Milestones (Or What Passes for Them in Washington)


| 6/7/2016 1:34:00 PM


Tags: Greater Middle East, Taliban, War on Terror, US Military,

Drone Strike

We have it on highest authority: the recent killing of Taliban leader Mullah Akhtar Muhammad Mansour by a U.S. drone strike in Pakistan marks “an important milestone.” So the president of the United States has declared, with that claim duly echoed and implicitly endorsed by media commentary — the New York Times reporting, for example, that Mansour’s death leaves the Taliban leadership “shocked” and “shaken.”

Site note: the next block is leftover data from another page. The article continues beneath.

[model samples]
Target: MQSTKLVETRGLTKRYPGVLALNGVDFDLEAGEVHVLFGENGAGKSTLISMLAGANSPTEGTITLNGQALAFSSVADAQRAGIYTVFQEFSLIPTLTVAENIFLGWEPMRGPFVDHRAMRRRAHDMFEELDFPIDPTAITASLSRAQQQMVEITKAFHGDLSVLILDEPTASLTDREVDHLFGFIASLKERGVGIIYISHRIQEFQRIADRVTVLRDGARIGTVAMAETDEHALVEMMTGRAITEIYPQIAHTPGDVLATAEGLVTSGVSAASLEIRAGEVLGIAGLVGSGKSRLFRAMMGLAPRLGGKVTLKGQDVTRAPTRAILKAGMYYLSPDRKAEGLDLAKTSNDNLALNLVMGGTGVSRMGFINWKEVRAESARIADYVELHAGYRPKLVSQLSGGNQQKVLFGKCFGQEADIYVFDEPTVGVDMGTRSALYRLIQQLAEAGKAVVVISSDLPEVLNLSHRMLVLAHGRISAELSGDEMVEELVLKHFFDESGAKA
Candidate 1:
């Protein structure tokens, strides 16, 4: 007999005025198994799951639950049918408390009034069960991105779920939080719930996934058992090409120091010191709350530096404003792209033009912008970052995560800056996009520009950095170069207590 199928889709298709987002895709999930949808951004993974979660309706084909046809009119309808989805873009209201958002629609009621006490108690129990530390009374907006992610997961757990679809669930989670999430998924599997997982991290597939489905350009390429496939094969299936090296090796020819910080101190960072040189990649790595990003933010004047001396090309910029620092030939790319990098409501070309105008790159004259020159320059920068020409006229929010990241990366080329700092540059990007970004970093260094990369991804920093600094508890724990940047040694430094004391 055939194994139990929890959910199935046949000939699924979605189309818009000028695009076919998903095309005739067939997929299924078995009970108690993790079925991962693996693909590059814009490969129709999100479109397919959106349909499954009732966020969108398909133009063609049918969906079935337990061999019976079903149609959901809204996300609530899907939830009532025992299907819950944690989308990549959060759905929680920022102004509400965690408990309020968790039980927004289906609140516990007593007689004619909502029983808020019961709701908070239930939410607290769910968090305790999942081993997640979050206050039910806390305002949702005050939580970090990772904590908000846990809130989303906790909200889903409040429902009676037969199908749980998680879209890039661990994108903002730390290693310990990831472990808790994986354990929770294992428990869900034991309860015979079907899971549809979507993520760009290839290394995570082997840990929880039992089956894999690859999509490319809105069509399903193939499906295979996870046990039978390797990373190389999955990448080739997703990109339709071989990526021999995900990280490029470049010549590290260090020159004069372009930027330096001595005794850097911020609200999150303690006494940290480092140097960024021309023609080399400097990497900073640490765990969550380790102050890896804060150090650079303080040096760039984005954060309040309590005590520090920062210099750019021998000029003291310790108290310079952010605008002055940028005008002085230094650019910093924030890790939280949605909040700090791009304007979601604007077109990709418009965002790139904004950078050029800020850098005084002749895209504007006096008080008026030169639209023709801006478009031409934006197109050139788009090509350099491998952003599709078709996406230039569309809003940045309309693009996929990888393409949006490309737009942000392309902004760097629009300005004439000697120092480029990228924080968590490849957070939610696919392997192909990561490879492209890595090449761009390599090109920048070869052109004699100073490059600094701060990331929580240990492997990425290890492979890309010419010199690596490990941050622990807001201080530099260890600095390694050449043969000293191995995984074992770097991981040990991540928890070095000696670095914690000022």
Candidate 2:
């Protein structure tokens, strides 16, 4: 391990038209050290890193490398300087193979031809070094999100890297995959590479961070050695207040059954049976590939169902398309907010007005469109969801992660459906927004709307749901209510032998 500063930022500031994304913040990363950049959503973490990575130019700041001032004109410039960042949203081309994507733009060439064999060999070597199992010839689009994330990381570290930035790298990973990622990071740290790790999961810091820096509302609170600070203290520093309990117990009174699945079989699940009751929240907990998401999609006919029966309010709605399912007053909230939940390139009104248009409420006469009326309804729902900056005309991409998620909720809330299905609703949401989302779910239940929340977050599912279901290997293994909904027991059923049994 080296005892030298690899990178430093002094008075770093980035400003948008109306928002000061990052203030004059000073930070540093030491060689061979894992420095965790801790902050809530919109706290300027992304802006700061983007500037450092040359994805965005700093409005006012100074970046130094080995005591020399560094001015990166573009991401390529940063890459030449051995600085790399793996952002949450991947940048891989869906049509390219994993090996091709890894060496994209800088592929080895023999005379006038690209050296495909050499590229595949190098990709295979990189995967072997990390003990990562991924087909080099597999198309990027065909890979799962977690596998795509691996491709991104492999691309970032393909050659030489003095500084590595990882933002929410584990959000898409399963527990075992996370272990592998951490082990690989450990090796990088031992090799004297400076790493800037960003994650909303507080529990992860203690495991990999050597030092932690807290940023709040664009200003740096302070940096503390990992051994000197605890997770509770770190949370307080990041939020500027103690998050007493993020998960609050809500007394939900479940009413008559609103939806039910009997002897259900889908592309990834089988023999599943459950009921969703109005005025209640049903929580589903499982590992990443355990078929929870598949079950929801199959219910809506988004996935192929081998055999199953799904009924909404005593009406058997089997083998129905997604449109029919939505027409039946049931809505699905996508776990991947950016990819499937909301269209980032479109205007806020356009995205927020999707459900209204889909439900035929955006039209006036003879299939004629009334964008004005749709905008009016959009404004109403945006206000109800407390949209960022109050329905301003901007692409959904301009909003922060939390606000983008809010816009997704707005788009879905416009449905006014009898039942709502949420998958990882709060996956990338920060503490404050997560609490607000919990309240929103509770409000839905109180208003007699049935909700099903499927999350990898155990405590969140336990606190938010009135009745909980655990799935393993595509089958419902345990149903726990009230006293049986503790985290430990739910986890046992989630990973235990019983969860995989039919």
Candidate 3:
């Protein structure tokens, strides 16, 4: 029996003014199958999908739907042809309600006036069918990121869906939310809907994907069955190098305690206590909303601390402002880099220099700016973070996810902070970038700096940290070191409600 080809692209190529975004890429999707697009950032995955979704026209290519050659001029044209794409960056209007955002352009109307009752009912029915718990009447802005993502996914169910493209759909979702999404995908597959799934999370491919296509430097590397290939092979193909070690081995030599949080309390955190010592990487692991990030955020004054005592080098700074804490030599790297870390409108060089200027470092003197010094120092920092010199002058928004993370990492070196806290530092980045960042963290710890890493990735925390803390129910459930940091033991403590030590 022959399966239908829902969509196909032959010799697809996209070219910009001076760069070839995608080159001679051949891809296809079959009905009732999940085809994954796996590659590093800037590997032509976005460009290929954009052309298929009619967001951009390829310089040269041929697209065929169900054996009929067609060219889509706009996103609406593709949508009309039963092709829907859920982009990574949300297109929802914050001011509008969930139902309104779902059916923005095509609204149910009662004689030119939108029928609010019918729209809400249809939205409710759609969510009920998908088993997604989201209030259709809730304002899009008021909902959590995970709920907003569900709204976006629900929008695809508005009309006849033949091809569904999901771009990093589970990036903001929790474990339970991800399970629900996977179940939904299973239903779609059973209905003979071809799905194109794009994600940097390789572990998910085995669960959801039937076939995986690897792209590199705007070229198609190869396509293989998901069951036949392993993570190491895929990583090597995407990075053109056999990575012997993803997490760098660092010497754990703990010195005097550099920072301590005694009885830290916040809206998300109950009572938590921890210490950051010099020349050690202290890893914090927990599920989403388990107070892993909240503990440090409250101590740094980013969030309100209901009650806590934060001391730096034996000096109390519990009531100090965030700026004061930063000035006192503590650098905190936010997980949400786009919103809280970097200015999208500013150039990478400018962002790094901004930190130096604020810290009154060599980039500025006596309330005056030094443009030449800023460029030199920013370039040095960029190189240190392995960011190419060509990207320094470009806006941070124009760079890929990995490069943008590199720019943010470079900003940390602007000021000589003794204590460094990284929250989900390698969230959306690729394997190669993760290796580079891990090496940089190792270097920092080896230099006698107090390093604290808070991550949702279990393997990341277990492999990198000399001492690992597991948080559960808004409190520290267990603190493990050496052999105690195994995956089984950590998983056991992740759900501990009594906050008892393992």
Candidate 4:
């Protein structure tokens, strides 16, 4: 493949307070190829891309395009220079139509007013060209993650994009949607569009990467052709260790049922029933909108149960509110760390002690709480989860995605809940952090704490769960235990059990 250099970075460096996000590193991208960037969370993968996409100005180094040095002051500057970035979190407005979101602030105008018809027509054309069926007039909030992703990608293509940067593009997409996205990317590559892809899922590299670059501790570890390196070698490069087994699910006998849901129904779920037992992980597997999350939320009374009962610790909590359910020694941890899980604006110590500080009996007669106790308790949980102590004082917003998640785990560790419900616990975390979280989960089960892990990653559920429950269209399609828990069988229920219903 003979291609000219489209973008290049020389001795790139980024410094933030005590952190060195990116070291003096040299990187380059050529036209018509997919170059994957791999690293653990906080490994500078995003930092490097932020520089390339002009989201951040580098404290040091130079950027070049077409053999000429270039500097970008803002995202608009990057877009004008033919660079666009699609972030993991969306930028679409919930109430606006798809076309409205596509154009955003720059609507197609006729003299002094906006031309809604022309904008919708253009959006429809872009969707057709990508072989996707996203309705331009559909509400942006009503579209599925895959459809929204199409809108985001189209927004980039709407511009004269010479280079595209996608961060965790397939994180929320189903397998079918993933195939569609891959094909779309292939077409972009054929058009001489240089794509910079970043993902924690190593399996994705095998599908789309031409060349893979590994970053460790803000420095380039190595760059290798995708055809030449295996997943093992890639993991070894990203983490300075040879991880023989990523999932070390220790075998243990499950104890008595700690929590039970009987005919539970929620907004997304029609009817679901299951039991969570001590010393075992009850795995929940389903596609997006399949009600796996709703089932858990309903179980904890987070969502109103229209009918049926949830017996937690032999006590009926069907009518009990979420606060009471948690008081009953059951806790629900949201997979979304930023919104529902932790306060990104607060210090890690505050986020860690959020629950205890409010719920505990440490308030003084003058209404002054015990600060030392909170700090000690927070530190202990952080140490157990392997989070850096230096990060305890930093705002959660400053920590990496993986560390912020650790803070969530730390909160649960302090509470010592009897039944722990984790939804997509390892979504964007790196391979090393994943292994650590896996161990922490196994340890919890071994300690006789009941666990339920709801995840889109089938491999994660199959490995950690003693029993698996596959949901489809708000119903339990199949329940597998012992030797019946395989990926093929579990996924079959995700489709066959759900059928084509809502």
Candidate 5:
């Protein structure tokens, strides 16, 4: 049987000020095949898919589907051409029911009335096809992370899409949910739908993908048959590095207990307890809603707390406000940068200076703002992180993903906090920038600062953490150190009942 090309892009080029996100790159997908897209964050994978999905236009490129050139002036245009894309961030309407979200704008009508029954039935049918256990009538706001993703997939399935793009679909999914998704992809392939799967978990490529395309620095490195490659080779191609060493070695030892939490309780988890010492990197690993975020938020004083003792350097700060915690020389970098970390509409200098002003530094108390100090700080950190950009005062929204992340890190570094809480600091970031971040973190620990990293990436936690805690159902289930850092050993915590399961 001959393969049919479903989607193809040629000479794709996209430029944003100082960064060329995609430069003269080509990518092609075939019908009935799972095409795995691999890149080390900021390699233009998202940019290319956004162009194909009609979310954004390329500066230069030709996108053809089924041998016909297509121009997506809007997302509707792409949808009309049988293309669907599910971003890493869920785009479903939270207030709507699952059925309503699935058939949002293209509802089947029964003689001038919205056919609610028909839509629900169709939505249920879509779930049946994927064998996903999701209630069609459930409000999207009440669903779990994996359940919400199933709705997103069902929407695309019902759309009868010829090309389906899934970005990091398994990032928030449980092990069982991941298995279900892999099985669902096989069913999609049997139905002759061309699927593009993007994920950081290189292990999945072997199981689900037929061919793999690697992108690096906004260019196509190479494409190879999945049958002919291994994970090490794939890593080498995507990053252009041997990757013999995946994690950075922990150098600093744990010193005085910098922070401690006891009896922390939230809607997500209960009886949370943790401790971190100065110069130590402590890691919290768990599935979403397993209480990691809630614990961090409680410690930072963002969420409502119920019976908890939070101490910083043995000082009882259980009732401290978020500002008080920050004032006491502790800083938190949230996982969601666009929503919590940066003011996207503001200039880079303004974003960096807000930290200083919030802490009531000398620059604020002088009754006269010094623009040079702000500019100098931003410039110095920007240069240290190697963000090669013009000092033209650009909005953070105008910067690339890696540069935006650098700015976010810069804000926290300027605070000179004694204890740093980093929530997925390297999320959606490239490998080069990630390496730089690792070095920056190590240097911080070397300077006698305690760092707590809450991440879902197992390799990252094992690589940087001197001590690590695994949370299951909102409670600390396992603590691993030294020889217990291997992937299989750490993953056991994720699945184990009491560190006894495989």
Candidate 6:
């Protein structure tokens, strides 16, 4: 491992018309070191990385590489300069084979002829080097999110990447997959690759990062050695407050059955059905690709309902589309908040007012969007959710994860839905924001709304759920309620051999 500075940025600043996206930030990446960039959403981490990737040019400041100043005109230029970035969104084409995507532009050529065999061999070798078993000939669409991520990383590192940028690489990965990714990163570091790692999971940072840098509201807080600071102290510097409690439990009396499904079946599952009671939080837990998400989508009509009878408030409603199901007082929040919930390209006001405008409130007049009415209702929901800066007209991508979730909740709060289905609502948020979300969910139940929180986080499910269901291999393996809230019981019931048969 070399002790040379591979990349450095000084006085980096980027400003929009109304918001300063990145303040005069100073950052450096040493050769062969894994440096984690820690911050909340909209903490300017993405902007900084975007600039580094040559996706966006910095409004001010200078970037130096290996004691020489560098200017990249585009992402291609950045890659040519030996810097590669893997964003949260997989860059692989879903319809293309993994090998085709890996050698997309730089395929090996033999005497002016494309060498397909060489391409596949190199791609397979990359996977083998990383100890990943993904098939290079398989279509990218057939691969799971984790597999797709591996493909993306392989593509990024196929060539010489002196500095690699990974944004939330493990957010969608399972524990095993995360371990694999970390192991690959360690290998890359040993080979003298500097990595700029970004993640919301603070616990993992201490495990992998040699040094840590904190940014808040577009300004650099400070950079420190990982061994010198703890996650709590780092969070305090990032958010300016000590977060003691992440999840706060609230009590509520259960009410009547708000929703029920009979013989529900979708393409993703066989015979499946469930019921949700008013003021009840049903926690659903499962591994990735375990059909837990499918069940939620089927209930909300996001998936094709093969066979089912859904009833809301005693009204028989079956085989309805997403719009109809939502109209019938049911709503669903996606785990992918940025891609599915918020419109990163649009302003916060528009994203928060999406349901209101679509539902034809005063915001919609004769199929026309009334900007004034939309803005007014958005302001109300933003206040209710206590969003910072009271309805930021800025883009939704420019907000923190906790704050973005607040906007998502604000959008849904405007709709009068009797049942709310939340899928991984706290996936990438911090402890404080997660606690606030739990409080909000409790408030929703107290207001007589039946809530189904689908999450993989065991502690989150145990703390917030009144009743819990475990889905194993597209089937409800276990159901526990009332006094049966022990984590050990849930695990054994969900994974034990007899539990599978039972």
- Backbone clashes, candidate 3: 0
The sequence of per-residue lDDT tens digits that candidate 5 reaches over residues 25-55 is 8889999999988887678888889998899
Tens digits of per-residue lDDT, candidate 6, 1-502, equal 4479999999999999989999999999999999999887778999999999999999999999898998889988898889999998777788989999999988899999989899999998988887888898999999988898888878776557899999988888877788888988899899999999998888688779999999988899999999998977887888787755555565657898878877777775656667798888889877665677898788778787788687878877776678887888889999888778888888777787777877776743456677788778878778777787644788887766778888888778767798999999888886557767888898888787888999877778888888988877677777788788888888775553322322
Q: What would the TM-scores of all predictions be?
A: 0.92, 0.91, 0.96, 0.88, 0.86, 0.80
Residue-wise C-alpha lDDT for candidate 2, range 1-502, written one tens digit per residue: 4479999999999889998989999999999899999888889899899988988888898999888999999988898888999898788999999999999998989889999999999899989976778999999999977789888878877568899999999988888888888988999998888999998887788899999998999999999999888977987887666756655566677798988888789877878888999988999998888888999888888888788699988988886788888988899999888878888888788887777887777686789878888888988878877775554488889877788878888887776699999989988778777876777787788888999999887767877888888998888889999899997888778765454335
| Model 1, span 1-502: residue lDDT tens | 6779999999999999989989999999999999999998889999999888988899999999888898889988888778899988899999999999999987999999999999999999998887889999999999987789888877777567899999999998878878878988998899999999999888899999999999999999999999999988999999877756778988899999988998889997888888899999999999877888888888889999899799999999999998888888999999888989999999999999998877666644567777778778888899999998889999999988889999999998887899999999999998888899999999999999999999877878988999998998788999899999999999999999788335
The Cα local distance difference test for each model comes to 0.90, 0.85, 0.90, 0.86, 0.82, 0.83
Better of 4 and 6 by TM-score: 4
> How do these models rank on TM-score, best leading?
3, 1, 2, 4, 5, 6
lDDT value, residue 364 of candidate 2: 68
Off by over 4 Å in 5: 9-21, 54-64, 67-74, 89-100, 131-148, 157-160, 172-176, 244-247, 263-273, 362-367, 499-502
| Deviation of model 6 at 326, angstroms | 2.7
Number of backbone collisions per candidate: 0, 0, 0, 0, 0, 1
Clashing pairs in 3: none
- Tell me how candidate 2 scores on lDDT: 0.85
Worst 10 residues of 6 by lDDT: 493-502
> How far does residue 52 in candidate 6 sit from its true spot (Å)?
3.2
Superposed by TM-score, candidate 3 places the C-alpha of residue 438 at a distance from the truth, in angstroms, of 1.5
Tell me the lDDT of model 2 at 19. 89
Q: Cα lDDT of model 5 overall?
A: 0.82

But a question remains: A milestone toward what exactly?

Toward victory? Peace? Reconciliation? At the very least, toward the prospect of the violence abating? Merely posing the question is to imply that U.S. military efforts in Afghanistan and elsewhere in the Islamic world serve some larger purpose.

Yet for years now that has not been the case. The assassination of Mansour instead joins a long list of previous milestones, turning points, and landmarks briefly heralded as significant achievements only to prove much less than advertised.